Steel grey clouds drift through a late autumn sky, the world at our feet brittle, and tasteless. Solitude and cold northern air floats in abundance. A young woman walks, lightly, over the frosted grass by the banks of the old river, nameless, and quite still as if almost dead. The face is small, well rounded giving an appearance of childishness demur to her age, the eyes bright, alive, and a cherry wood brown.
Her skin, pale yet pleasing, and lips burst colour giving a sharp natural contrast, yet seemingly beauty is not an object that can be obtained, either though natures commodity’s being misplaced or lack of well-being resulting in little care or observation. To put it simply, a girl with what a painter may call the elements of the divine organised in a way such so as to hold her mortal, a real and honest girl in each syllable of her form, neither pleasant nor unpleasant to the eye.
As breathes, she watches the clouds of condensed vapour rise, floating for a second before fading into nothing. She fancies herself perhaps a great fire dragon, who roars an ocean of scarlet flame, or a spirit that hides in the chimneys and amongst the stars, weaving the very clouds from its emerald lungs.
A harsh wind billows up her skirt and slashes out at her frail limbs with a surprising furiousness, as if almost to punish her for her dreams of fantasy, her childish weakness. She is not a child, and pulling at the starched crimson coat of felted wool tighter around her thin shoulders she pushes her way forward. The wind continues to rage, and her shoe scuffs at the icy ground, she stumbles.
It’s an hour before she arrives at the bleak rusting gates of St Clément’s. The cinder black tarmac squeaks under her footsteps as she walks towards the main school building, the grounds are deserted and barren of life of any kind, bleak and silent. It makes the girl both uncomfortable and nervous, and she clenches her small fists in her pockets, digging the nails into her palms.
Mrs Beaston approaches from the main doors. Her face is prim and thin boned, her pursed lips painted a fine shade of beige. She wears a thin blue suit that has an iridescent quality, the pencil skirt clings tightly to her wide hips and flabby thighs in an attempt at giving the middle aged headmistress something of a form, though to conform to this restriction she shuffles along awkwardly in her patent blue heels as though her upper legs are bound together.
“Good morning.” She says sharply with little emphasis or intention. “Good morning” the girl echo’s back at her. Mrs Beaston makes a motion as if to indicate the girl should follow, before turning and walking back towards the polished wooden doorway from whence she came. The corridors of the school are plain, blank and dull. They pass one maybe two cabinets, and a couple of thin grey noticeboards riddled with the labours of student’s young and old, a crumpled painting, a gardening essay.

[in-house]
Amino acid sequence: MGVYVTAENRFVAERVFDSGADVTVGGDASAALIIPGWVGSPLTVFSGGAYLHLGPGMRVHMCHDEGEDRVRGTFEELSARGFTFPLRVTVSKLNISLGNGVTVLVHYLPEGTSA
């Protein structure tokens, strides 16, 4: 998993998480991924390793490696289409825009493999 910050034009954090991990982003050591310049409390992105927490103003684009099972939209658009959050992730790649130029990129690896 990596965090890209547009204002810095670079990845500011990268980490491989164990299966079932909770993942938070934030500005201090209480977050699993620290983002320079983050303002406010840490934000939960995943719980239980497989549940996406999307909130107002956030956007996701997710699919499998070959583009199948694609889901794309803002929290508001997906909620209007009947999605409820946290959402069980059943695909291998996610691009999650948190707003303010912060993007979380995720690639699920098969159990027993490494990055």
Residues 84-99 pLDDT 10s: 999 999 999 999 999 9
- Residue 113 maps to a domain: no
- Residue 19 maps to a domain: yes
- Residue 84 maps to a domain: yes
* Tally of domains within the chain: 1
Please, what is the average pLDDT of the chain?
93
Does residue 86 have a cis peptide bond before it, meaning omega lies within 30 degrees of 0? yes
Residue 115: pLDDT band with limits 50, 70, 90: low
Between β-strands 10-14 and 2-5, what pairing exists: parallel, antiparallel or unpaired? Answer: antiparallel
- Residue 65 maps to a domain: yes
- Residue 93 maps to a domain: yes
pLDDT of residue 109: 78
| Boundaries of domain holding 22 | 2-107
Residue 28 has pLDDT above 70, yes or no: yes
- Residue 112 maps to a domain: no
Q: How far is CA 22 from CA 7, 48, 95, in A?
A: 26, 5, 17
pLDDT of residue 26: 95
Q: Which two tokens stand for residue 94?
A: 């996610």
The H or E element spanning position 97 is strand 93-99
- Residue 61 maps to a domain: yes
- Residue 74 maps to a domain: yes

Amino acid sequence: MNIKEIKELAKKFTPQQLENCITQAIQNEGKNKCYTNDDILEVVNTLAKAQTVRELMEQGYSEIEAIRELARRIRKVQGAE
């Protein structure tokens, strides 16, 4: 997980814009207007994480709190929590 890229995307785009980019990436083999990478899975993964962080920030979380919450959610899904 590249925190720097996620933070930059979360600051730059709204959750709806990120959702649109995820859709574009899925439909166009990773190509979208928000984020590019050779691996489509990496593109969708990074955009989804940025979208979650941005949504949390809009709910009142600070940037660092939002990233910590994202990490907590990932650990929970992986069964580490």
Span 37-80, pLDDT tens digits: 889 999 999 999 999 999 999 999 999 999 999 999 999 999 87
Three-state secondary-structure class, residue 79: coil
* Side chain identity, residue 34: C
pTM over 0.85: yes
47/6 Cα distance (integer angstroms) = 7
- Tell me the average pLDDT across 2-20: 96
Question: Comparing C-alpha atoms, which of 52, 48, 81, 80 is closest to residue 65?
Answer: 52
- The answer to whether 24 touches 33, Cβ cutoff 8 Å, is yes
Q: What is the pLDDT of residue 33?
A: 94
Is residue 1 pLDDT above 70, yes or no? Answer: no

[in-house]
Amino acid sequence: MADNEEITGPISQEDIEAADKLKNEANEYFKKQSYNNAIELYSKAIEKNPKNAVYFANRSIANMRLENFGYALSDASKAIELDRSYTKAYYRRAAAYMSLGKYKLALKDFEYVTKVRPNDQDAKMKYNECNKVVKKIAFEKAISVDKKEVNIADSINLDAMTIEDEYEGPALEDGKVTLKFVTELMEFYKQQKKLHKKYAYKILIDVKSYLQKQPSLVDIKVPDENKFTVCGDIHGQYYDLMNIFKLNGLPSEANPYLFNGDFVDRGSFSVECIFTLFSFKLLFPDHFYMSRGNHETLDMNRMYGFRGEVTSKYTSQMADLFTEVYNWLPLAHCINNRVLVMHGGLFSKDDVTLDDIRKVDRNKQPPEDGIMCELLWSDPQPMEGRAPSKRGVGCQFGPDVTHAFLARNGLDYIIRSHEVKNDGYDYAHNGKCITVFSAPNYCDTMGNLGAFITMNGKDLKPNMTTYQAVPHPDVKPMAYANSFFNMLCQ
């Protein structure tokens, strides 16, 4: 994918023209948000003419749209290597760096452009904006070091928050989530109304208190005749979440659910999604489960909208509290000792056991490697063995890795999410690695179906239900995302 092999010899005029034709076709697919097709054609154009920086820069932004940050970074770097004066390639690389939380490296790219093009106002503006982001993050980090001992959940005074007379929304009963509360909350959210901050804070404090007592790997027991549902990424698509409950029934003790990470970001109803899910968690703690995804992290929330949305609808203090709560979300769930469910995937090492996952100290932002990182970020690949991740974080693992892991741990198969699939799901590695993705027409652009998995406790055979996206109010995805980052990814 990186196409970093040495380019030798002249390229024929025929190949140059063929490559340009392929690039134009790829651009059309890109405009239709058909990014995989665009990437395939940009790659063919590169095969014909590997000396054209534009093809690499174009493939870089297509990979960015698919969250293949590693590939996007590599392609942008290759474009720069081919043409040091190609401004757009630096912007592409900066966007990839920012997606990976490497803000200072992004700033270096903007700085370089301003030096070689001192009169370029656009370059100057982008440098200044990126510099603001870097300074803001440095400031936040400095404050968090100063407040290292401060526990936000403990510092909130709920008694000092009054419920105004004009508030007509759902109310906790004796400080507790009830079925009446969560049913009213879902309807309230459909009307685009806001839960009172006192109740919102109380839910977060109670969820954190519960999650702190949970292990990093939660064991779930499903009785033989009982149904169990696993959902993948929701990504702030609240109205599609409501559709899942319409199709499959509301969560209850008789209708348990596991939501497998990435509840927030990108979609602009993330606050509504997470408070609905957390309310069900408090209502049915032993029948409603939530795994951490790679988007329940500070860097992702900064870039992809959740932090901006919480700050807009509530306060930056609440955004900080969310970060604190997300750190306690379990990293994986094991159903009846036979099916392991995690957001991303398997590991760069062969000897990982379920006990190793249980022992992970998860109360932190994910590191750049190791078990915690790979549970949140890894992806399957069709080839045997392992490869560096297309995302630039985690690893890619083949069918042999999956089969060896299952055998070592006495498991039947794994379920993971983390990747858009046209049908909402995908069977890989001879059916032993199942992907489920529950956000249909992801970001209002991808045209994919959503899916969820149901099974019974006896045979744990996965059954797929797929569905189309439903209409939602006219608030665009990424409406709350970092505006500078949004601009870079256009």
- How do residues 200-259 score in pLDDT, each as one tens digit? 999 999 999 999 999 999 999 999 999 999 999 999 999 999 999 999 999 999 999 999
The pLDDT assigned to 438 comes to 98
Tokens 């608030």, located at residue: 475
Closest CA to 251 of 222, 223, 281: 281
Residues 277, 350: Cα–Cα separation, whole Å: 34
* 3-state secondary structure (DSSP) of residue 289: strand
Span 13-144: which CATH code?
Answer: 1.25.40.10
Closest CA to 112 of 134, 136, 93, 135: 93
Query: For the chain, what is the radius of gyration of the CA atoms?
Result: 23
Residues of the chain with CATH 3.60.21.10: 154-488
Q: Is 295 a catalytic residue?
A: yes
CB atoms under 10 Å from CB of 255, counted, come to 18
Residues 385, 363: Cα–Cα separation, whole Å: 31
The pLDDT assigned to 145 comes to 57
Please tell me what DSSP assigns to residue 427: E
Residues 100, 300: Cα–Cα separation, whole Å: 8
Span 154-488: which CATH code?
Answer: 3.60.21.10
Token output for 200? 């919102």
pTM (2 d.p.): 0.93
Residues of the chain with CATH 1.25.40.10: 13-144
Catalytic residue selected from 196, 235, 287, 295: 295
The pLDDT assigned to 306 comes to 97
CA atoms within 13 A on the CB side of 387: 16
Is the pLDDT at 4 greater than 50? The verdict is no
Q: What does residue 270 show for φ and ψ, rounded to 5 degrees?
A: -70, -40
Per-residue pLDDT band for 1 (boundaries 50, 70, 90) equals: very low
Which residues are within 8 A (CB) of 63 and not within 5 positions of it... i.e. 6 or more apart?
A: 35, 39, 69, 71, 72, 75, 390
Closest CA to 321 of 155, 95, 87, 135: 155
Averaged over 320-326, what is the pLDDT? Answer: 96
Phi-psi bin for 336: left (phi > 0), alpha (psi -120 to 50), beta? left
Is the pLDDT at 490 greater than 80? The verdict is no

The girl stares at her feet, her soft leather shoes, thud against the floor, a steady and tiresome rhythm. “Correct posture please” says Mrs Beaston curtly, and the girl does as she is told. They pass many silent classrooms, the girl might a first assume they are empty, but then realises that this school is merely cowering from her in obedience and prosperity.
They arrive at a doorway fitted with clouded glass and a small brass plaque which read ‘7B’ “this will be your form room.” Says Mrs Beaston. “I am incredibly busy today; it is…” she looks at an enamel wristwatch. “10:35 Am. I must return to my office, but if you are confused at all during lessons or finding your way, consult a member of staff or student. As today is your first day, you are not required to wear the uniform but please be sure to arrive dressed in appropriate attire by tomorrow morning.” “Yes miss.” The girl mumbles, gazing at the polished floor.
“Yes Mrs Beaston, speak clearly and look me in the eye.” Says Mrs Beaston. “Yes Mrs Beaston.” Parrots the girl. Mrs Beaston seems satisfied, and turns to click clack her way down the corridor. The girl watches her leave curiously, before she turns a corner and disappears. Turning to knock on the door, she might have hesitated for a moment before knocking sharply on the clouded glass. The door is soon opened by a tall beansprout thin man; he peers at her though his thin polished glasses, before ushering her into the room.
The class looks up from their work, and stare blatantly at this new arrival, a sudden and unexpected change in their dreary routine. This kind of attention makes the young woman before them feel perhaps slightly sick, and she glances nervously at her new form tutor, who smiles at her in a way he thinks to be encouraging. He turns to the class, and announces to them “If I could have your attention for a moment ladies, I would like to introduce you to our new student.” He pauses, and she stands awkwardly gazing out at the sea of intent faces
“Um…” she mumbles, suddenly forgetting her own name, everything about herself, every last little thing. “Go on.” Says her teacher. “Alison…” she mumbles. “I’m Alison, and I want to be a writer.”
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